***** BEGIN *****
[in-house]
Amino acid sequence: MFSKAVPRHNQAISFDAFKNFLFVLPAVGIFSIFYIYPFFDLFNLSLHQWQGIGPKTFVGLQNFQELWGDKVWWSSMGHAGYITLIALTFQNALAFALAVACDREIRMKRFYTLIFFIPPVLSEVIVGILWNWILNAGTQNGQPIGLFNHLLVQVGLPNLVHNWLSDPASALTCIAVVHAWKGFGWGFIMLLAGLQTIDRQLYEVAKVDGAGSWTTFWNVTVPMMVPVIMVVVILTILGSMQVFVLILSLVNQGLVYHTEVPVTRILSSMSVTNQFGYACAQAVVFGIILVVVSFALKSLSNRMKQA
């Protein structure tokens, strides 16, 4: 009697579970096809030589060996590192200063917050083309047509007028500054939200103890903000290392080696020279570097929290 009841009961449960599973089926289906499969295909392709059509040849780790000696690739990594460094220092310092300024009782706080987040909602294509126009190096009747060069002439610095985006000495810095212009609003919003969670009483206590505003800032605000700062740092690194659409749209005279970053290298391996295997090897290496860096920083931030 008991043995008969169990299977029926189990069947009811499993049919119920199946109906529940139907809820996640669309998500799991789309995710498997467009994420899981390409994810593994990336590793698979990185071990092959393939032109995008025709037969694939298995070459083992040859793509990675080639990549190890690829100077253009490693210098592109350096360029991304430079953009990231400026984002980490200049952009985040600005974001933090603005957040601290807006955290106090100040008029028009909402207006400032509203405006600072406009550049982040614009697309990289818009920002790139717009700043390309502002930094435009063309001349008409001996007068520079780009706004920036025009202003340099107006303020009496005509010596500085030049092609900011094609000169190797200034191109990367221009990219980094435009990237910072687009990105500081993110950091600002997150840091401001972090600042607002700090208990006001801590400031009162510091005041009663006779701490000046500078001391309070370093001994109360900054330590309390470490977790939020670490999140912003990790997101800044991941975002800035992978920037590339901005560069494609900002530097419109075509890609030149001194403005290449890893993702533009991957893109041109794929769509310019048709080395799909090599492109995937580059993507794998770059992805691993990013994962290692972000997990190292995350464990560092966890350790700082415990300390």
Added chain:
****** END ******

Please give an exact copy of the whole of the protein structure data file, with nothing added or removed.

[in-house]
Amino acid sequence: MFSKAVPRHNQAISFDAFKNFLFVLPAVGIFSIFYIYPFFDLFNLSLHQWQGIGPKTFVGLQNFQELWGDKVWWSSMGHAGYITLIALTFQNALAFALAVACDREIRMKRFYTLIFFIPPVLSEVIVGILWNWILNAGTQNGQPIGLFNHLLVQVGLPNLVHNWLSDPASALTCIAVVHAWKGFGWGFIMLLAGLQTIDRQLYEVAKVDGAGSWTTFWNVTVPMMVPVIMVVVILTILGSMQVFVLILSLVNQGLVYHTEVPVTRILSSMSVTNQFGYACAQAVVFGIILVVVSFALKSLSNRMKQA
């Protein structure tokens, strides 16, 4: 009697579970096809030589060996590192200063917050083309047509007028500054939200103890903000290392080696020279570097929290 009841009961449960599973089926289906499969295909392709059509040849780790000696690739990594460094220092310092300024009782706080987040909602294509126009190096009747060069002439610095985006000495810095212009609003919003969670009483206590505003800032605000700062740092690194659409749209005279970053290298391996295997090897290496860096920083931030 008991043995008969169990299977029926189990069947009811499993049919119920199946109906529940139907809820996640669309998500799991789309995710498997467009994420899981390409994810593994990336590793698979990185071990092959393939032109995008025709037969694939298995070459083992040859793509990675080639990549190890690829100077253009490693210098592109350096360029991304430079953009990231400026984002980490200049952009985040600005974001933090603005957040601290807006955290106090100040008029028009909402207006400032509203405006600072406009550049982040614009697309990289818009920002790139717009700043390309502002930094435009063309001349008409001996007068520079780009706004920036025009202003340099107006303020009496005509010596500085030049092609900011094609000169190797200034191109990367221009990219980094435009990237910072687009990105500081993110950091600002997150840091401001972090600042607002700090208990006001801590400031009162510091005041009663006779701490000046500078001391309070370093001994109360900054330590309390470490977790939020670490999140912003990790997101800044991941975002800035992978920037590339901005560069494609900002530097419109075509890609030149001194403005290449890893993702533009991957893109041109794929769509310019048709080395799909090599492109995937580059993507794998770059992805691993990013994962290692972000997990190292995350464990560092966890350790700082415990300390």
Added chain: